Lastly, we learned that these children have many strengths and talents that often are not recognized. As staff, we watch in amazement as one breaks out singing with a voice of an angel, draws a picture that takes your breath away, writes a story that shows so much expression and creativity, or constructs a Lego structure that reminds you of an engineer.
Without a doubt, the four weeks of ASK summer camp will hopefully carry these children into the start of a good school year. When they report to school on the first day and have to share what they did for summer vacation, we hope they will share that they attended a summer camp for cancer survivors and siblings. At ASK Camp, they made new friends, played games, worked puzzles, did crafts, participated in various workshops, and left feeling loved each day. And as they grow older, may these memories of ASK Camp be stored as happy times and stay with them throughout their lives.
“Tiny leader,” “miracle,” and “dynamo” are just a few of the words friends and family use to describe Maiyah Tanner. Small in stature, but big in personality, Maiyah doesn’t let Diamond Blackfan Anemia get in the way of anything she’d like to accomplish. Diagnosed at 18 months, Maiyah is no stranger to clinic or treatment, and is proof that big things come in small packages.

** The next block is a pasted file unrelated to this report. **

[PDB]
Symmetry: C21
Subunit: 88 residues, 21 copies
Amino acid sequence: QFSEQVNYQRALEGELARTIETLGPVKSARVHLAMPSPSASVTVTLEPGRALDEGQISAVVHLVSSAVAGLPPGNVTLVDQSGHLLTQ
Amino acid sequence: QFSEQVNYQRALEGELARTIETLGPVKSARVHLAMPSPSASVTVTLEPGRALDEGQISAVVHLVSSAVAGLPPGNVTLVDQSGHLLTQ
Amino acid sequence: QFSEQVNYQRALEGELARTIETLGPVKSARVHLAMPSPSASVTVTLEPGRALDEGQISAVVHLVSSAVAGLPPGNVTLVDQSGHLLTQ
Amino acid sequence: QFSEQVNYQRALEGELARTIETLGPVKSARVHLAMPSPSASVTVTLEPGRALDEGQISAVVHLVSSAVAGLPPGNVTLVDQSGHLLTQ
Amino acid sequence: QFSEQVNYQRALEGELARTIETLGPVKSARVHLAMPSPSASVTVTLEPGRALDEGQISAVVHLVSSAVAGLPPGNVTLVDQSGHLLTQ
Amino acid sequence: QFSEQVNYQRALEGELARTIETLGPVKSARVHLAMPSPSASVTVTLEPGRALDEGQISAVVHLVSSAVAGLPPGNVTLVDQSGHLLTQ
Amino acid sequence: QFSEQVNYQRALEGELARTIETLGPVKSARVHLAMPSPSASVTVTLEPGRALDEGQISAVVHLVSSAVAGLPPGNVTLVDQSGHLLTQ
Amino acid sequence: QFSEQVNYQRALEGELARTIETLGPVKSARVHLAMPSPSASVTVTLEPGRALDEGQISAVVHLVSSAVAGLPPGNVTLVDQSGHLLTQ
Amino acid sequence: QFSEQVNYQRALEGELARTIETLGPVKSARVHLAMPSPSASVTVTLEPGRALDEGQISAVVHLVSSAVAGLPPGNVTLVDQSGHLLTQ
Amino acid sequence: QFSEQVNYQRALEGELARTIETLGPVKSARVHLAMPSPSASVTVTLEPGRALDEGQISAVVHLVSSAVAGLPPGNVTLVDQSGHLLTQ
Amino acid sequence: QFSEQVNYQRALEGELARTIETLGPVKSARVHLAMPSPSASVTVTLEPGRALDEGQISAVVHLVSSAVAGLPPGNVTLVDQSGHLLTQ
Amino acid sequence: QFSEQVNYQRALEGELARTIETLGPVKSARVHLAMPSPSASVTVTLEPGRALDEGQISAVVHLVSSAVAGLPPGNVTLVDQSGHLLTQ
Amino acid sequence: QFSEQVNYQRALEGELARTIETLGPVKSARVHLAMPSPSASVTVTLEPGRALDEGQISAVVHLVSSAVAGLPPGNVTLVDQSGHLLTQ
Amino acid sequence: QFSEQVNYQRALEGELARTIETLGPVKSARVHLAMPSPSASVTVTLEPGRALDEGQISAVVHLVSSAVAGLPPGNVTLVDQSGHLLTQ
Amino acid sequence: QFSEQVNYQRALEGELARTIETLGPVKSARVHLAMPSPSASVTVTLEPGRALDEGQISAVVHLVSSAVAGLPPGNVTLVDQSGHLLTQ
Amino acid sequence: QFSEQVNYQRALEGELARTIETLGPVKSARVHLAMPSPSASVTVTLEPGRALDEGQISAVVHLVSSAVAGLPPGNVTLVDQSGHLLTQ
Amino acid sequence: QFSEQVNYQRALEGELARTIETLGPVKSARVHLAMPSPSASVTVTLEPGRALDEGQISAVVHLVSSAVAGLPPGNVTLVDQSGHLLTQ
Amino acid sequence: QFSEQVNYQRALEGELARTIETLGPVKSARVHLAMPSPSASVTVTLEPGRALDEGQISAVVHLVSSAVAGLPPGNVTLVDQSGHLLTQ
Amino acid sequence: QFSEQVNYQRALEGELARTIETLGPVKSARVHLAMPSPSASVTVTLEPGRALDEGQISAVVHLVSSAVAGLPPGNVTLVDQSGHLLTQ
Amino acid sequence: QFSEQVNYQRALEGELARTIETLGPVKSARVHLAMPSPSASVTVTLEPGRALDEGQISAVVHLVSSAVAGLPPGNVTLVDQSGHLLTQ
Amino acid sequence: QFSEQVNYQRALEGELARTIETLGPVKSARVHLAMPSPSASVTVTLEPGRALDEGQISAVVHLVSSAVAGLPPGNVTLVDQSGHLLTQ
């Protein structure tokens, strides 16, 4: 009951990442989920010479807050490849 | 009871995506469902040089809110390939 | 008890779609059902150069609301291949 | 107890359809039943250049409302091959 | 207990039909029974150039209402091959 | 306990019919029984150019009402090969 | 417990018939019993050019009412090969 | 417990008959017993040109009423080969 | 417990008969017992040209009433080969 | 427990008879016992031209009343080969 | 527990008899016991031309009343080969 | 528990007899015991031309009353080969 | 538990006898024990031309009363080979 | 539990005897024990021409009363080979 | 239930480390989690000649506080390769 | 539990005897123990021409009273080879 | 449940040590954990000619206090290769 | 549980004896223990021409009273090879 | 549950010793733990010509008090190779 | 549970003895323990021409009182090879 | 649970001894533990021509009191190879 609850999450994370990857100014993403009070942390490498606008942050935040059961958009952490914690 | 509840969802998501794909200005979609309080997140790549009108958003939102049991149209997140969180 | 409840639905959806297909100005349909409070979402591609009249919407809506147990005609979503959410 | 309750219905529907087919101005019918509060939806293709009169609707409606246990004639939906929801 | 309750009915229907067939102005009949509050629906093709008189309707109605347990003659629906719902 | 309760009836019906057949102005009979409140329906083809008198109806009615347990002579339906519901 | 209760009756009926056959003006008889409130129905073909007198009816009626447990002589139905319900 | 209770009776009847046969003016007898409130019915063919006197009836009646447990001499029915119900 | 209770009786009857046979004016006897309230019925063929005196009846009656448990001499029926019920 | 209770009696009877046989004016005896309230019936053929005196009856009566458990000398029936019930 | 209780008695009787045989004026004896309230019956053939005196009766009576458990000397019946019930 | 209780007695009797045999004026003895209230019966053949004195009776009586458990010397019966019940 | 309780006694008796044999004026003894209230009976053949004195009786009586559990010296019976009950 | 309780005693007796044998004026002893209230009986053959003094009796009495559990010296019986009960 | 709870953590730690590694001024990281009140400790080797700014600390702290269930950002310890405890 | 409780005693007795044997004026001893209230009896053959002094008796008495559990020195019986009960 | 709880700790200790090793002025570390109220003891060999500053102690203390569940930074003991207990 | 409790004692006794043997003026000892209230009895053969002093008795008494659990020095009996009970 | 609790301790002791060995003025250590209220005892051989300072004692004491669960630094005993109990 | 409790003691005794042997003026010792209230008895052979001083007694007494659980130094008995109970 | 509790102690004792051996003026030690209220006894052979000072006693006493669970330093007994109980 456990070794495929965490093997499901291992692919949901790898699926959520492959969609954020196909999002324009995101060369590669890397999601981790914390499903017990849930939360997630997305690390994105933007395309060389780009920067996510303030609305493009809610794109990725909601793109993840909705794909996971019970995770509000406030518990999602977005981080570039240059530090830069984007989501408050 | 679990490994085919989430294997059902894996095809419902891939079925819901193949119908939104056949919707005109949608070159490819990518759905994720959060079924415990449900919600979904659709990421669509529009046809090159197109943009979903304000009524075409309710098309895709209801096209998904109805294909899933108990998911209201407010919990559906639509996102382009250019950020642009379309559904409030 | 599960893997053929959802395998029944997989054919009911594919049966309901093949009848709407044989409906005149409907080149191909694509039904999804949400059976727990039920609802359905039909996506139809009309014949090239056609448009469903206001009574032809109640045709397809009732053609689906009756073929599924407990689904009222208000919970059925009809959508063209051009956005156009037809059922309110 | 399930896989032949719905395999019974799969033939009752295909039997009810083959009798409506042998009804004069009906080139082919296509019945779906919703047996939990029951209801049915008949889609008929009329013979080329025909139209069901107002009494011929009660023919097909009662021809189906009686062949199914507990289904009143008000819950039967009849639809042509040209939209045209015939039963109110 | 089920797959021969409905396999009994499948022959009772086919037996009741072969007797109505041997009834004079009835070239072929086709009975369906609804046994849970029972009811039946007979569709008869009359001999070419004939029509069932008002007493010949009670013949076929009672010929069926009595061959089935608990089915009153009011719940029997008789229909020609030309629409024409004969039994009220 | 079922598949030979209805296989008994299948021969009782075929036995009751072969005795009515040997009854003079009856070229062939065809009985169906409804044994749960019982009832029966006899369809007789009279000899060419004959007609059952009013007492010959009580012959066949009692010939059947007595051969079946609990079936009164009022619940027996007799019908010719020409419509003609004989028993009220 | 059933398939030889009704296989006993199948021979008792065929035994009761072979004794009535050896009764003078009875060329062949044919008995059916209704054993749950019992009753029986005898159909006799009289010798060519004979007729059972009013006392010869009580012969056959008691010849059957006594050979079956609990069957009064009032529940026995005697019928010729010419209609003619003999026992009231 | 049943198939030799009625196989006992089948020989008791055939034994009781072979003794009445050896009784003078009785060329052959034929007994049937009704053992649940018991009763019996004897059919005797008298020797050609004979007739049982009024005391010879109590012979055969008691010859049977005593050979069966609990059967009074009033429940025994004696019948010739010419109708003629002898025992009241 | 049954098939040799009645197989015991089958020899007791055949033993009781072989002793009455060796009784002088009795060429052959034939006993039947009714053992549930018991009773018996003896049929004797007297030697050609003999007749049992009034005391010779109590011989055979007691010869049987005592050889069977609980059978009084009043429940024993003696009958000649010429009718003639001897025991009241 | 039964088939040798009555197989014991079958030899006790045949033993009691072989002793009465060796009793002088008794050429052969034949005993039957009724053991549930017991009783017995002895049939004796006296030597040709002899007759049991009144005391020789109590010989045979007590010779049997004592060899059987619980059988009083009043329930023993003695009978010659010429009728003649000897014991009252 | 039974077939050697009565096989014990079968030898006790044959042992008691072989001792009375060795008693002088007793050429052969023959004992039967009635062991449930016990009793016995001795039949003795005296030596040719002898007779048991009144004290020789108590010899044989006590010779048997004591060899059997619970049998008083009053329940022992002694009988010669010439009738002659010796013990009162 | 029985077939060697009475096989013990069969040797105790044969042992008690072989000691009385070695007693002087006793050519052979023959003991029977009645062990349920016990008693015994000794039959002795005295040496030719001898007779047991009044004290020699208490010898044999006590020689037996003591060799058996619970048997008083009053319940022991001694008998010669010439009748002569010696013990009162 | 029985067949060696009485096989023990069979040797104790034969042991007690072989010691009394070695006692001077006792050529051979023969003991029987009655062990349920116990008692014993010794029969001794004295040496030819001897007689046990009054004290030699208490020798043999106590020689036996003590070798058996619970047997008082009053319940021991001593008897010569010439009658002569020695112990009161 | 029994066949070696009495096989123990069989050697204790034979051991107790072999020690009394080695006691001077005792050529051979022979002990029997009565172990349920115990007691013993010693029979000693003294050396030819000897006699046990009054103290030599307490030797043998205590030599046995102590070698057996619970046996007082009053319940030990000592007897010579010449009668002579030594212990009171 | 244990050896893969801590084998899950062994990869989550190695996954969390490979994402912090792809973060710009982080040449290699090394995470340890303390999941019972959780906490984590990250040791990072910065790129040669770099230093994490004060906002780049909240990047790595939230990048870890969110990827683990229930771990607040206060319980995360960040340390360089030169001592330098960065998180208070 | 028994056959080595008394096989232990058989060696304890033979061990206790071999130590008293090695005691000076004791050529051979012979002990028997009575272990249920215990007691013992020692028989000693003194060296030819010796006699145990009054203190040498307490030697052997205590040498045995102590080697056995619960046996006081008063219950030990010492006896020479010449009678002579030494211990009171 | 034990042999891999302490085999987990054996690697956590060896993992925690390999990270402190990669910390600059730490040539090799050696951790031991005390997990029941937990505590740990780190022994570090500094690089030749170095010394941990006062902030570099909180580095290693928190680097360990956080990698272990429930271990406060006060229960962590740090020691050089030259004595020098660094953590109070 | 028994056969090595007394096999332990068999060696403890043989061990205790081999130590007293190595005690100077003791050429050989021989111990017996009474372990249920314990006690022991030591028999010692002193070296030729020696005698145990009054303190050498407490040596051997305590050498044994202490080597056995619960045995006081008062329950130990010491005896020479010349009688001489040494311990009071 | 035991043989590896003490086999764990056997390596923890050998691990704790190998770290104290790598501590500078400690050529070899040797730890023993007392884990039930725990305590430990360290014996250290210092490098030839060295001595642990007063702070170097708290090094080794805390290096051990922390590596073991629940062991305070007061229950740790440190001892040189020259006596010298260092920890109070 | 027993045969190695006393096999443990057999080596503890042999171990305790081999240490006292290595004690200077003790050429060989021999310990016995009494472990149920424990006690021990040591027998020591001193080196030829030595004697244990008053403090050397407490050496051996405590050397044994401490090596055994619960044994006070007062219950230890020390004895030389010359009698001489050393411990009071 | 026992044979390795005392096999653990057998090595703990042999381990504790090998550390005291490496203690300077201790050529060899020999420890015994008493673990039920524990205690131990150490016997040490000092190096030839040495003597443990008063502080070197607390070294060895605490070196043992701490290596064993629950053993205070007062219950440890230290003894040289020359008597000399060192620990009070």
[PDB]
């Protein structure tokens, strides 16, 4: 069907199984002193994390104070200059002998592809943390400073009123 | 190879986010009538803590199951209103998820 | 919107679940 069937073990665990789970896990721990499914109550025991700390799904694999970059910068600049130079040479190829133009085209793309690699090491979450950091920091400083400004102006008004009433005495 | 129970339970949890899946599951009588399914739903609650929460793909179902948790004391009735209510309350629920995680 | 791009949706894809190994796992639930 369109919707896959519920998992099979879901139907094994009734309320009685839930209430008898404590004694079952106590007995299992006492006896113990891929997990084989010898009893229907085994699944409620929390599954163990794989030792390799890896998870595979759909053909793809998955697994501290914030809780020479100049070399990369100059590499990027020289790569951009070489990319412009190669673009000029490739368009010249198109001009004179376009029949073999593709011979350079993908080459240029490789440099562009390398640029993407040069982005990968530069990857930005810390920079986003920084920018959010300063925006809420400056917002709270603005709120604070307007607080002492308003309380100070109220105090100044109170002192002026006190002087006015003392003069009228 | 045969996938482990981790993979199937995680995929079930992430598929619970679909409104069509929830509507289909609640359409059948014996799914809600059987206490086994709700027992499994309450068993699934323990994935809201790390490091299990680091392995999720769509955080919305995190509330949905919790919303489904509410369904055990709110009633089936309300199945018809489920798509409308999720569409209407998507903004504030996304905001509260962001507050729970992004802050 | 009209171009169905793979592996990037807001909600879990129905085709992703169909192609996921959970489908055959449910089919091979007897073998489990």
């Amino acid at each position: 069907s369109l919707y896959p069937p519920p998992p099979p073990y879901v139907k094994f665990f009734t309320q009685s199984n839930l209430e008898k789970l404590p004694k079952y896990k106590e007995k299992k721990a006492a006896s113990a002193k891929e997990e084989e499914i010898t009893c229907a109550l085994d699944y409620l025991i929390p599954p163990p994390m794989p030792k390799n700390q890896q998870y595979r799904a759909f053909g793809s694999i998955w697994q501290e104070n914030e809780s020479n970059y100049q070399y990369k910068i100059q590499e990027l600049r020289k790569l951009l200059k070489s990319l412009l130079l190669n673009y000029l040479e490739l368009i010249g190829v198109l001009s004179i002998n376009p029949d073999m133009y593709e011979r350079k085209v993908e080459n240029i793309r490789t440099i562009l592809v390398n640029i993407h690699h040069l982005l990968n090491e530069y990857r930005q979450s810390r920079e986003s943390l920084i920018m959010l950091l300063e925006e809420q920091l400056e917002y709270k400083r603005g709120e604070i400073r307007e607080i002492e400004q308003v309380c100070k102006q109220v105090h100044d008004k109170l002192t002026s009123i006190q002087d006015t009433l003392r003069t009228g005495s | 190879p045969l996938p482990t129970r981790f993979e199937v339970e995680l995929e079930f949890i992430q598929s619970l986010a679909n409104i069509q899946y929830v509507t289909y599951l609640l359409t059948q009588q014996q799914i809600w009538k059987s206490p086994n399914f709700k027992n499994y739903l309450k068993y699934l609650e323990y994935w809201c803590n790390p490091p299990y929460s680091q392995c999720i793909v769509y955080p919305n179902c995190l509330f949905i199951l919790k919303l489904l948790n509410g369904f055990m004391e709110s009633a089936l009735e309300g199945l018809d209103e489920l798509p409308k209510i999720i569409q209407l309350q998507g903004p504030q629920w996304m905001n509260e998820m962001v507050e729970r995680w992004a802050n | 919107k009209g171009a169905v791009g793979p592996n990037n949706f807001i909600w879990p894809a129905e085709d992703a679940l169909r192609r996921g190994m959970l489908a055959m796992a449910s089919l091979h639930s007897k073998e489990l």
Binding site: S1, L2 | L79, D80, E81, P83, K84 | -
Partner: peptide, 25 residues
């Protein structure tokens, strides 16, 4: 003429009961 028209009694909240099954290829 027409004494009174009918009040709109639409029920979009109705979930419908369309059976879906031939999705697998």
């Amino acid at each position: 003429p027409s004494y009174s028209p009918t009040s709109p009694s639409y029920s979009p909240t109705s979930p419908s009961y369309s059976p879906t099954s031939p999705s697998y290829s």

This week ASK is kicking off its first Summer Enrichment Camp specifically for siblings. This is just one way ASK is supporting siblings who have a brother or sister going through treatment. Dr. Jennifer Rohan, Director of Psychosocial Clinic Care & Research (an ASK-funded position) at the ASK Pediatric Hematology/Oncology Clinic at CHOR on why it is important to support siblings:
When a family member is diagnosed with a chronic illness, the illness impacts the entire family, not just the patient. Siblings of patients often report increased psychological distress, including anxiety/worry, fears, stress, depression, sadness, irritability, and anger. Siblings often report decreased quality of life. Some siblings may also expressed increased guilt that they did something to cause their brother or sister to develop an illness. It is very important for siblings to be given education about what to expect, how things may change, and have many opportunities to ask questions along the way. It also is very important for the entire family to maintain increased structure and daily routines so that things can remain “as normal” as possible. It also is very important to prioritize 1:1 time with both the child/adolescent who is sick, but also with children/adolescents who are healthy.